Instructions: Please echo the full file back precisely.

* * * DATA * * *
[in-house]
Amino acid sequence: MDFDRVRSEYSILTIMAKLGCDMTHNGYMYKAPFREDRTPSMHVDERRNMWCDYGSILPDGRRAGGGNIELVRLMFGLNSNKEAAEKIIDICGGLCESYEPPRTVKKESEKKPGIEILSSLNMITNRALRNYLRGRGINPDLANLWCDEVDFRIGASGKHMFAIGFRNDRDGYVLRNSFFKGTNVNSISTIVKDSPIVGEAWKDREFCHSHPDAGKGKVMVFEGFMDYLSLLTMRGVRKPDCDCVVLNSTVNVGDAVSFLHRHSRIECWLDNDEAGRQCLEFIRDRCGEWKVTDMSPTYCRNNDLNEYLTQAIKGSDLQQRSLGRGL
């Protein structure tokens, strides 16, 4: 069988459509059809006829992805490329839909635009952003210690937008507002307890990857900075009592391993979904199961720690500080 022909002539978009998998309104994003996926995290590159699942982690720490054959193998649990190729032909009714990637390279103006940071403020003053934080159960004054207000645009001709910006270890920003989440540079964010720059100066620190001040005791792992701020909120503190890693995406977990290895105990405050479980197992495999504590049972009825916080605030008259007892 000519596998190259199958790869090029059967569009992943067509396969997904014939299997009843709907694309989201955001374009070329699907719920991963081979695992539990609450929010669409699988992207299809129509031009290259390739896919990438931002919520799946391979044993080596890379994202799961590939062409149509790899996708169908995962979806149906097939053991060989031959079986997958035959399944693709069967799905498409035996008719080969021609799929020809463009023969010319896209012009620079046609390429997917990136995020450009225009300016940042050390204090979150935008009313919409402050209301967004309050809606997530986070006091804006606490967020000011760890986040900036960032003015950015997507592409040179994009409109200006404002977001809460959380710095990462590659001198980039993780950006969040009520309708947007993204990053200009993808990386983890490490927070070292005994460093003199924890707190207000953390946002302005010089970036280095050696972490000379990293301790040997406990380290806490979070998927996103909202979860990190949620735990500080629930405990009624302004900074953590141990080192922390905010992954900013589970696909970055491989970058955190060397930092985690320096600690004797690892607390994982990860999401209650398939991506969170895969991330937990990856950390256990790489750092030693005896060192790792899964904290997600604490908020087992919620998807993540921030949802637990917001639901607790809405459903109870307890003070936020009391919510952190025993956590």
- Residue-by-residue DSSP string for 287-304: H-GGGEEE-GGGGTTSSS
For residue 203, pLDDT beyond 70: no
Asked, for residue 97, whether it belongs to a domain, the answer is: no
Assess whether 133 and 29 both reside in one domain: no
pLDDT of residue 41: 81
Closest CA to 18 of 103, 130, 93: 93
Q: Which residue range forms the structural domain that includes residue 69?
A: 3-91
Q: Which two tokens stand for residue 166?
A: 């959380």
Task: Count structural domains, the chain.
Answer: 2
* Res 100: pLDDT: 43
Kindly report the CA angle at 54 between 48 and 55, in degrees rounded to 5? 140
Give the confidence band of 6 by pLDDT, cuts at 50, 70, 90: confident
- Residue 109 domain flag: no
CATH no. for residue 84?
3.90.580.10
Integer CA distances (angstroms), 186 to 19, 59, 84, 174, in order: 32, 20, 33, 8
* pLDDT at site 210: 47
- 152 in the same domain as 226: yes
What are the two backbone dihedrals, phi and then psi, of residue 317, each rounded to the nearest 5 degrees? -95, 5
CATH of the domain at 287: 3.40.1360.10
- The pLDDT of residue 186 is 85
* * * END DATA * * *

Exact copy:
[in-house]
Amino acid sequence: MDFDRVRSEYSILTIMAKLGCDMTHNGYMYKAPFREDRTPSMHVDERRNMWCDYGSILPDGRRAGGGNIELVRLMFGLNSNKEAAEKIIDICGGLCESYEPPRTVKKESEKKPGIEILSSLNMITNRALRNYLRGRGINPDLANLWCDEVDFRIGASGKHMFAIGFRNDRDGYVLRNSFFKGTNVNSISTIVKDSPIVGEAWKDREFCHSHPDAGKGKVMVFEGFMDYLSLLTMRGVRKPDCDCVVLNSTVNVGDAVSFLHRHSRIECWLDNDEAGRQCLEFIRDRCGEWKVTDMSPTYCRNNDLNEYLTQAIKGSDLQQRSLGRGL
């Protein structure tokens, strides 16, 4: 069988459509059809006829992805490329839909635009952003210690937008507002307890990857900075009592391993979904199961720690500080 022909002539978009998998309104994003996926995290590159699942982690720490054959193998649990190729032909009714990637390279103006940071403020003053934080159960004054207000645009001709910006270890920003989440540079964010720059100066620190001040005791792992701020909120503190890693995406977990290895105990405050479980197992495999504590049972009825916080605030008259007892 000519596998190259199958790869090029059967569009992943067509396969997904014939299997009843709907694309989201955001374009070329699907719920991963081979695992539990609450929010669409699988992207299809129509031009290259390739896919990438931002919520799946391979044993080596890379994202799961590939062409149509790899996708169908995962979806149906097939053991060989031959079986997958035959399944693709069967799905498409035996008719080969021609799929020809463009023969010319896209012009620079046609390429997917990136995020450009225009300016940042050390204090979150935008009313919409402050209301967004309050809606997530986070006091804006606490967020000011760890986040900036960032003015950015997507592409040179994009409109200006404002977001809460959380710095990462590659001198980039993780950006969040009520309708947007993204990053200009993808990386983890490490927070070292005994460093003199924890707190207000953390946002302005010089970036280095050696972490000379990293301790040997406990380290806490979070998927996103909202979860990190949620735990500080629930405990009624302004900074953590141990080192922390905010992954900013589970696909970055491989970058955190060397930092985690320096600690004797690892607390994982990860999401209650398939991506969170895969991330937990990856950390256990790489750092030693005896060192790792899964904290997600604490908020087992919620998807993540921030949802637990917001639901607790809405459903109870307890003070936020009391919510952190025993956590």
- Residue-by-residue DSSP string for 287-304: H-GGGEEE-GGGGTTSSS
For residue 203, pLDDT beyond 70: no
Asked, for residue 97, whether it belongs to a domain, the answer is: no
Assess whether 133 and 29 both reside in one domain: no
pLDDT of residue 41: 81
Closest CA to 18 of 103, 130, 93: 93
Q: Which residue range forms the structural domain that includes residue 69?
A: 3-91
Q: Which two tokens stand for residue 166?
A: 């959380």
Task: Count structural domains, the chain.
Answer: 2
* Res 100: pLDDT: 43
Kindly report the CA angle at 54 between 48 and 55, in degrees rounded to 5? 140
Give the confidence band of 6 by pLDDT, cuts at 50, 70, 90: confident
- Residue 109 domain flag: no
CATH no. for residue 84?
3.90.580.10
Integer CA distances (angstroms), 186 to 19, 59, 84, 174, in order: 32, 20, 33, 8
* pLDDT at site 210: 47
- 152 in the same domain as 226: yes
What are the two backbone dihedrals, phi and then psi, of residue 317, each rounded to the nearest 5 degrees? -95, 5
CATH of the domain at 287: 3.40.1360.10
- The pLDDT of residue 186 is 85